First Thoughts

Since our Optane Memory sample died after only about a day of testing, we cannot conduct a complete analysis of the product or make any final recommendations. With that said, the early indications from the benchmarks we were able to complete are mostly very positive reflections of the performance of the Intel Optane Memory.

As a cache device, the Optane Memory brought a hard drive-based system's SYSmark scores up to the level of mainstream SSDs. These averages do not capture differences in the latency distributions of the Optane cache+hard drive configuration vs a flash SSD. In the Optane+hard drive configuration, a cache hit will be almost 1000 times faster than a cache miss, resulting in a very bimodal distribution. The flash SSDs mostly occupy the territory between the performance of Optane and of the hard drive. It's possible that a mainstream flash SSD could deliver a user experience with fewer noticeable delays than the Optane caching experience with the occasional inevitable cache miss. Overall, however, the Optane cache delivers a remarkable improvement over just a hard drive, and the 32GB cache capacity we tested is clearly large enough to be of substantial use.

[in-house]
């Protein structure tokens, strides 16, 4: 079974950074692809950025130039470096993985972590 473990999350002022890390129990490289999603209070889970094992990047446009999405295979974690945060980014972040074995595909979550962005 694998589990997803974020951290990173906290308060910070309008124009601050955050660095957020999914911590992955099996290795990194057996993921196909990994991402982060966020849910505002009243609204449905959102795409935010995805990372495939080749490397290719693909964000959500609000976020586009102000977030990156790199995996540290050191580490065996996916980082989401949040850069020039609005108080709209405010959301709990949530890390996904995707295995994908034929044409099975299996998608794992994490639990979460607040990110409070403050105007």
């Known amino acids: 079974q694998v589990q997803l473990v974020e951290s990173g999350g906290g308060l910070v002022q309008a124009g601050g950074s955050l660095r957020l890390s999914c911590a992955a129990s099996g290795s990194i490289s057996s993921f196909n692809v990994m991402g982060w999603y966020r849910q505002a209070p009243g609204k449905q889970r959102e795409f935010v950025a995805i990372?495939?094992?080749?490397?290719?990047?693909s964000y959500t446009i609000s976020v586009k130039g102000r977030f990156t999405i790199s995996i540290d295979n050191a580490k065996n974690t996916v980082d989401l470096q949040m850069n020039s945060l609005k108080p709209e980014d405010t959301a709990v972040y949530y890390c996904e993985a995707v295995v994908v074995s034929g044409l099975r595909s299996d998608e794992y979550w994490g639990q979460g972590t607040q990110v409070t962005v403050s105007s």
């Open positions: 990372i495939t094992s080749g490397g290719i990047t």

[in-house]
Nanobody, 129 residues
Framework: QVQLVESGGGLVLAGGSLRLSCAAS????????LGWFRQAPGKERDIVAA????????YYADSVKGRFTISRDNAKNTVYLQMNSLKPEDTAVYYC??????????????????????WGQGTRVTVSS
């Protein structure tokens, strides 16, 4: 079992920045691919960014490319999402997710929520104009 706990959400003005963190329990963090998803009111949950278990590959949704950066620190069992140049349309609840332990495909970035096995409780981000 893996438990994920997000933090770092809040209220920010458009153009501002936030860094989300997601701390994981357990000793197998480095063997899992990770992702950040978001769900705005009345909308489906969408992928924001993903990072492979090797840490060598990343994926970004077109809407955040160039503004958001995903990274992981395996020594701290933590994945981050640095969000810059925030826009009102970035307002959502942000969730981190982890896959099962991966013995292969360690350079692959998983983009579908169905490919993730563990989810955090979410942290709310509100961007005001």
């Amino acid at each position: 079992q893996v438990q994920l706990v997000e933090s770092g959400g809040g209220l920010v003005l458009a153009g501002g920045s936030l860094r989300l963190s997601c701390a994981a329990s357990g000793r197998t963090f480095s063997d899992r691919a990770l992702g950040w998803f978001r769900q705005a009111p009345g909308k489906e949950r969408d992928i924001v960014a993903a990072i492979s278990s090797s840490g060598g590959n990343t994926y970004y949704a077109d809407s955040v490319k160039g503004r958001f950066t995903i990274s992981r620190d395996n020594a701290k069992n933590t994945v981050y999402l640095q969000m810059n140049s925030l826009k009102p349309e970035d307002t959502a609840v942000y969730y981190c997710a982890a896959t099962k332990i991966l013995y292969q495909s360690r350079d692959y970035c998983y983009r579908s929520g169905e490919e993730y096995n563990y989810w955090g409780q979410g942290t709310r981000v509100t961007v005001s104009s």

As a standalone drive, the Optane Memory breaks a few records that were set by the Intel Optane SSD DC P4800X enterprise drive just last week. The Optane Memory is more tuned for small transfer sizes and offers even better QD1 random read performance. These differences seem like exactly the right optimizations to make for a drive focused on client workloads. The throughput at higher queue depths is nowhere near what the P4800X delivers and falls behind what more expensive consumer SSDs can offer, but those situations make up a very small portion of client workloads. The first and only batch of synthetic tests we were able to run on the Optane Memory were derived from the enterprise SSD tests used on the Optane SSD DC P4800X, and they cast the consumer flash SSDs in an unrealistically bad light. A typical desktop user has little reason to care how well their SSD handles multiple threads performing sustained sequential transfers on a full drive, so the Optane Memory's stellar performance there should not lead users to prefer an Optane cached hard drive setup over an all solid state configuration.